Laparoscopic splenectomy for hematological disorders. Our experience in adult and pediatric patients

Int Surg. 1998 Oct-Dec;83(4):303-7.


Laparoscopic splenectomy has gained increasing acceptance in the surgical management of a variety of splenic disorders, in particular hematological diseases. In this series, we report our experience with 20 patients (male:female ratio of 4:16 with median age of 16 years, range 5-49 years) who underwent this procedure because of ITP in 9 cases, spherocytosis in 7 and Cooley disease, sickle cell anemia, dyserythropoietic and hemolytic anemia in one case each. The patient was placed in a supine position using a fourtrocars technique. We did not perform pre-operative splenic artery embolization in any case. Spleen lower pole and its posterolateral attachments were dissected first, using electrocautery and endoclips. Vascular hilar isolation was achieved with an EndoGIA stapler and the spleen was removed by morcelation within a retrieval bag (16 cases) or via a 4-5 cm left subcostal incision (4 cases). One patient required conversion to open technique (conversion rate 5 %), because of uncontrolled bleeding from splenic hilum. Mean operative time was 165 min (range 100-240 min), mean splenic size was 13.5 cm (range 11-20 cm), with weight ranging between 140 and 1060 g and estimated blood loss was 151 ml (75-280 ml). No patient required a blood transfusion. Median postoperative hospital stay was 4 days (range 3-8 days). Postoperative complications occurred in 2 patients (10%), with no mortality rate in this series. Regarding the low complication rate and the advantages of a small abdominal trauma in the postoperative period, such as less postoperative pain, faster hospital discharge and better cosmetic results, the laparoscopic approach for elective splenectomy in hematological disorders has a substantial benefit for the patient.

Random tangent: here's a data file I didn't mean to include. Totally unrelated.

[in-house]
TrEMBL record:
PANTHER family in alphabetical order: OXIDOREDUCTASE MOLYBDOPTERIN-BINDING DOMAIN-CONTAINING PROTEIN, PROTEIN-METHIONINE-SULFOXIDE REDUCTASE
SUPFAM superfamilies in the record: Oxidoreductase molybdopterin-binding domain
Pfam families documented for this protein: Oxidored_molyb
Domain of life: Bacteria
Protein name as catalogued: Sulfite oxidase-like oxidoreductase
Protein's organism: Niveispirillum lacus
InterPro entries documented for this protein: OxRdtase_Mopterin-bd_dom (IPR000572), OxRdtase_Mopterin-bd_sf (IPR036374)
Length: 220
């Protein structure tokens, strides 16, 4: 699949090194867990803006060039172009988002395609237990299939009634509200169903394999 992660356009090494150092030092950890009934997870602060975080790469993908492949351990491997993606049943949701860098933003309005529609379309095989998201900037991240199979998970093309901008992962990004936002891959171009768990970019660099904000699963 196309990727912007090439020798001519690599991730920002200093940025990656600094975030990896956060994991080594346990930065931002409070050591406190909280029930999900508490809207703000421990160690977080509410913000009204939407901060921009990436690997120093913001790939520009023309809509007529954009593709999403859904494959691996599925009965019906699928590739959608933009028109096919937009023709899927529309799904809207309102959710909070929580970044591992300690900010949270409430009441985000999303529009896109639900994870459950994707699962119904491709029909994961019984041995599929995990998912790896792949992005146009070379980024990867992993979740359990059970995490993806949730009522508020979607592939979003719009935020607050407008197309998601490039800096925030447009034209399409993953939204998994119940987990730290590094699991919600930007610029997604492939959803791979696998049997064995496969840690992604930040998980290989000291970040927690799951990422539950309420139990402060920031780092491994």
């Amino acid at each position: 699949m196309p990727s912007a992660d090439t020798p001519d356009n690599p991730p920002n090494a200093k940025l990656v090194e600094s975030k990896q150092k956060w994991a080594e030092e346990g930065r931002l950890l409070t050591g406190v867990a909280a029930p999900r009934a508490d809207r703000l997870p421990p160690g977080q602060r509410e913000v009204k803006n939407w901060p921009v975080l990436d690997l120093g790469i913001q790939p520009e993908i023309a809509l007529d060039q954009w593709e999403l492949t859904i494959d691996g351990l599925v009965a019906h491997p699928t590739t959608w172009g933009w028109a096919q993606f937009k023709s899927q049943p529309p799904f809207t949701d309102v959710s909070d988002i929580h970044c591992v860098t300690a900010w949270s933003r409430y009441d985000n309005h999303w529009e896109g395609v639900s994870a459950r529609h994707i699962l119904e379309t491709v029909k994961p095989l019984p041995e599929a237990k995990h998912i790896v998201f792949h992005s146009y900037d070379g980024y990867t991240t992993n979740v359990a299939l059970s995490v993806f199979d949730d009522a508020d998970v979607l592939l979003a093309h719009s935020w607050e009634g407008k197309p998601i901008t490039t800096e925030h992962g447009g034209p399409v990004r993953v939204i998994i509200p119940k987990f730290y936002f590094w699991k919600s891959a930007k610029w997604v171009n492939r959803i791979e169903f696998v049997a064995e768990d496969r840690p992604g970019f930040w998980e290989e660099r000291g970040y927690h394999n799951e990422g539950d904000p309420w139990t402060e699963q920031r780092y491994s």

MeSH terms

  • Adolescent
  • Adult
  • Child
  • Child, Preschool
  • Female
  • Hematologic Diseases / surgery*
  • Humans
  • Laparoscopy*
  • Male
  • Middle Aged
  • Postoperative Complications
  • Purpura, Thrombocytopenic, Idiopathic / surgery
  • Retrospective Studies
  • Spherocytosis, Hereditary / surgery
  • Splenectomy / methods*